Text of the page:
1945 – 2020

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A house, but not a home

Sven-Hedin Strasse 11 in the postwar years.

by R. W. Rynerson — July 2015 / October 2020 / December 2021

At the end of April 1945 the city stopped and was reset to zero when the exchange batteries were depleted in the dial telephone system. The phones went silent. Fighting in the last days of the Third Reich went on throughout Berlin into May.

On Sven-Hedin-Strasse a new neighbor moved into Number 11, the Soviet district commandant for Zehlendorf. Even before the shooting stopped Soviet Army civil affairs personnel set about restoring city utilities and services under the direction of Colonel General Nicolai Bersarin. General Bersarin had a distinguished combat record but had been educated as an engineer. By mid-May he had appointed district commanders. On May 13th, a week after Berlin’s defenders had formally surrendered, the first bus lines resumed service. On the same day the first postwar music concert was held. An U-Bahn line opened the next day. These are just a samples from the whirlwind of activity that was necessary to restore and maintain life in the damaged city. Ironically, on June 16th the general was killed in a motorcycle accident but parts of the Soviet forces continued his work.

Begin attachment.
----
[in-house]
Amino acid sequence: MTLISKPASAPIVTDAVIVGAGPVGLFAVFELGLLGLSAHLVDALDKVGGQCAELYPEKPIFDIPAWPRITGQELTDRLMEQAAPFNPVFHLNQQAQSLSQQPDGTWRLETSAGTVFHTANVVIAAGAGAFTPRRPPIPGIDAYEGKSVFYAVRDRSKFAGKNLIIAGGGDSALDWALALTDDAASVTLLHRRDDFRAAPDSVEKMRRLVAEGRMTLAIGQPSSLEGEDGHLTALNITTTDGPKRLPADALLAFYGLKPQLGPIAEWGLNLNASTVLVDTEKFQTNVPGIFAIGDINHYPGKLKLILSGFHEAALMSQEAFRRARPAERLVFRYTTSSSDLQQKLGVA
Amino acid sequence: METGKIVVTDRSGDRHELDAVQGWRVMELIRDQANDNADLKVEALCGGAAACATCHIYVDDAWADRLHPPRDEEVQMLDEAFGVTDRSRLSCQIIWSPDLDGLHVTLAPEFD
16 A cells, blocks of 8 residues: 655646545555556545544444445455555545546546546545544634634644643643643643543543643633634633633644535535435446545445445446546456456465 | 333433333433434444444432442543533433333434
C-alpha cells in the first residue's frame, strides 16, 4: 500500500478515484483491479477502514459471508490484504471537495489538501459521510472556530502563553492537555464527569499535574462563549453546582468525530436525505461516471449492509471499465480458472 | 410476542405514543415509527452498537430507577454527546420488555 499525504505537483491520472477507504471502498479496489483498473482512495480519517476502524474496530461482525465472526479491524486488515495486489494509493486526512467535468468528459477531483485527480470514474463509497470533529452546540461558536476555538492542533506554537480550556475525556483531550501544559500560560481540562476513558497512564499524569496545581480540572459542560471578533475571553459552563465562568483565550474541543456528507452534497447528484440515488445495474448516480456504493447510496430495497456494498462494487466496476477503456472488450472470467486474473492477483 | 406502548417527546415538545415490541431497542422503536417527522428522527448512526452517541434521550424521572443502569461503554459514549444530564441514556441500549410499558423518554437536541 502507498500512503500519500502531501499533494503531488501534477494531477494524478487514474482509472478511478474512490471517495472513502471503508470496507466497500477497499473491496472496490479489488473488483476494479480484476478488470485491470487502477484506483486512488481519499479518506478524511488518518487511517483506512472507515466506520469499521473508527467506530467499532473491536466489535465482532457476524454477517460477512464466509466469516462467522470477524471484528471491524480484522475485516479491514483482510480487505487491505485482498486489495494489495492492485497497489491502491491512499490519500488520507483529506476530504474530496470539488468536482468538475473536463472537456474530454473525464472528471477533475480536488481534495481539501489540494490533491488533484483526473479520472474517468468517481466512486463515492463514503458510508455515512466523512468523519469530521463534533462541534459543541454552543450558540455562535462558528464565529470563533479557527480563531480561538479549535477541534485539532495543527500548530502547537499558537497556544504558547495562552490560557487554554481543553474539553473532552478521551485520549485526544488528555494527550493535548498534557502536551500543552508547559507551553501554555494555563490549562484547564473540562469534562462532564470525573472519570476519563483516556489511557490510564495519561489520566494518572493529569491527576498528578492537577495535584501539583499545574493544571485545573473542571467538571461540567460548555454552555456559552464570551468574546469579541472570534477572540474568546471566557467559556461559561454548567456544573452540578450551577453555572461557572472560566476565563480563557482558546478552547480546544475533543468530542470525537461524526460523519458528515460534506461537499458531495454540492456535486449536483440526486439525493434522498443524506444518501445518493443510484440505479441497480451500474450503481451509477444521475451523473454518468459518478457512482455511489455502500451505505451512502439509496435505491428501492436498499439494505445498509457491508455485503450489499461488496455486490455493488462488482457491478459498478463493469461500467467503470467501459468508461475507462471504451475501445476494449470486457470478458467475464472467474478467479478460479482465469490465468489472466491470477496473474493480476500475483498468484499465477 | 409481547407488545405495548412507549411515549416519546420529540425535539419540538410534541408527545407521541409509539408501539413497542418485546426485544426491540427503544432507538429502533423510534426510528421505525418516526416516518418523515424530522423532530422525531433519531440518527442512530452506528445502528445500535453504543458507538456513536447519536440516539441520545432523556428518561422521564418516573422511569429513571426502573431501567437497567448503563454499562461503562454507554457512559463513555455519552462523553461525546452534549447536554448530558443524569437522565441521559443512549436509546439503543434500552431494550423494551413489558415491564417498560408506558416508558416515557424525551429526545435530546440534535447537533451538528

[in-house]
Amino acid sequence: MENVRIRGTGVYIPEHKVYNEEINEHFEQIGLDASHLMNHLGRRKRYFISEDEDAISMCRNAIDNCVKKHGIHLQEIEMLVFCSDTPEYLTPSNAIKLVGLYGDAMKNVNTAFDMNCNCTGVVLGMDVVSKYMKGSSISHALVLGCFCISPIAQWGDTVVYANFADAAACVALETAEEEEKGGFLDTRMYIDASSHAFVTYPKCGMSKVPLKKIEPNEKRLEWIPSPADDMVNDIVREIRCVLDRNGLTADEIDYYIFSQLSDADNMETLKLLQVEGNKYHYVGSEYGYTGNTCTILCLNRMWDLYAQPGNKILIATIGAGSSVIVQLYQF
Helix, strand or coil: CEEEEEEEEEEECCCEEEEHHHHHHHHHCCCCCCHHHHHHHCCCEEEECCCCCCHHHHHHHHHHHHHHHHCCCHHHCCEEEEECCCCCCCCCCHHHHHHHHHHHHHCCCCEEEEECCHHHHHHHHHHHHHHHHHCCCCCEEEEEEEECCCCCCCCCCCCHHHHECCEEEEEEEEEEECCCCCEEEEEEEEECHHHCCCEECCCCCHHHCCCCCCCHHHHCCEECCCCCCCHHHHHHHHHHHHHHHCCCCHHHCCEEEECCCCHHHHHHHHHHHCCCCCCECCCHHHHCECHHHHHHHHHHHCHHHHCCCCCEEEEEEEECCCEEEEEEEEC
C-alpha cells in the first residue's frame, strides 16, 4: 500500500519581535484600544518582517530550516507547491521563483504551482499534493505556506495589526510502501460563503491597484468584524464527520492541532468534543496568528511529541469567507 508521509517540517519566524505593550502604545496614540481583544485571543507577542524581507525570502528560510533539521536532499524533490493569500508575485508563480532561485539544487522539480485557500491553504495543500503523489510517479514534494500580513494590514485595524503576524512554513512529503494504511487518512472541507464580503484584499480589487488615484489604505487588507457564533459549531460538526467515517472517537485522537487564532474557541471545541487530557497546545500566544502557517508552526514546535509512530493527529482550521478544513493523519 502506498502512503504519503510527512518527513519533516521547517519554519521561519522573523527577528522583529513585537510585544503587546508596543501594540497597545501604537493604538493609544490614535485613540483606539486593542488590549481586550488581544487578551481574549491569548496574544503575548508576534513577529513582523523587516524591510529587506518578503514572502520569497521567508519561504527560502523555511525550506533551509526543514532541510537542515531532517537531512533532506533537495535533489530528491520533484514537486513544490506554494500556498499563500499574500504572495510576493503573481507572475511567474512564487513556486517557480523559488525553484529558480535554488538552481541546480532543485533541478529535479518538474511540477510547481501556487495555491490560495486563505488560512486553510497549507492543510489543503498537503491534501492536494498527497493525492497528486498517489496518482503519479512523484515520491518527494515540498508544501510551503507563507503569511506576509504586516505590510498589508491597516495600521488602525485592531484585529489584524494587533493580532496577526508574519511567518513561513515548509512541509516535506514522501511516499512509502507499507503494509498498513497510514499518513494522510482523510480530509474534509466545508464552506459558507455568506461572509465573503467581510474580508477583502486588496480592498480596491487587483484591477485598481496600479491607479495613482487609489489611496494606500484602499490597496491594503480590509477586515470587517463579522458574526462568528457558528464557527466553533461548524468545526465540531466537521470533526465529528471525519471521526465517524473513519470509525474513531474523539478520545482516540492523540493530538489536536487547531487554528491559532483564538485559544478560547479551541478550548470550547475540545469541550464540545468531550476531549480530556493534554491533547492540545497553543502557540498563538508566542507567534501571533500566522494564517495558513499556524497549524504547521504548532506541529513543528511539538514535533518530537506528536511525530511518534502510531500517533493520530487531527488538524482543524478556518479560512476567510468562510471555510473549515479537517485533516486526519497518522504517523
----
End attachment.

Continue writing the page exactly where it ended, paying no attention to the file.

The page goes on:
Other parts of the Soviet forces carried on behavior tolerated by their leaders as revenge, payback, tit for tat for the behavior of German forces in their invasion of the Soviet Union. It is important not to ignore this because it colored subsequent events.

As described in The City Becomes a Symbol, the Soviet occupiers were not all on the same script and this was about to create problems for their Allies who also were not operating on the same script — or any script at all.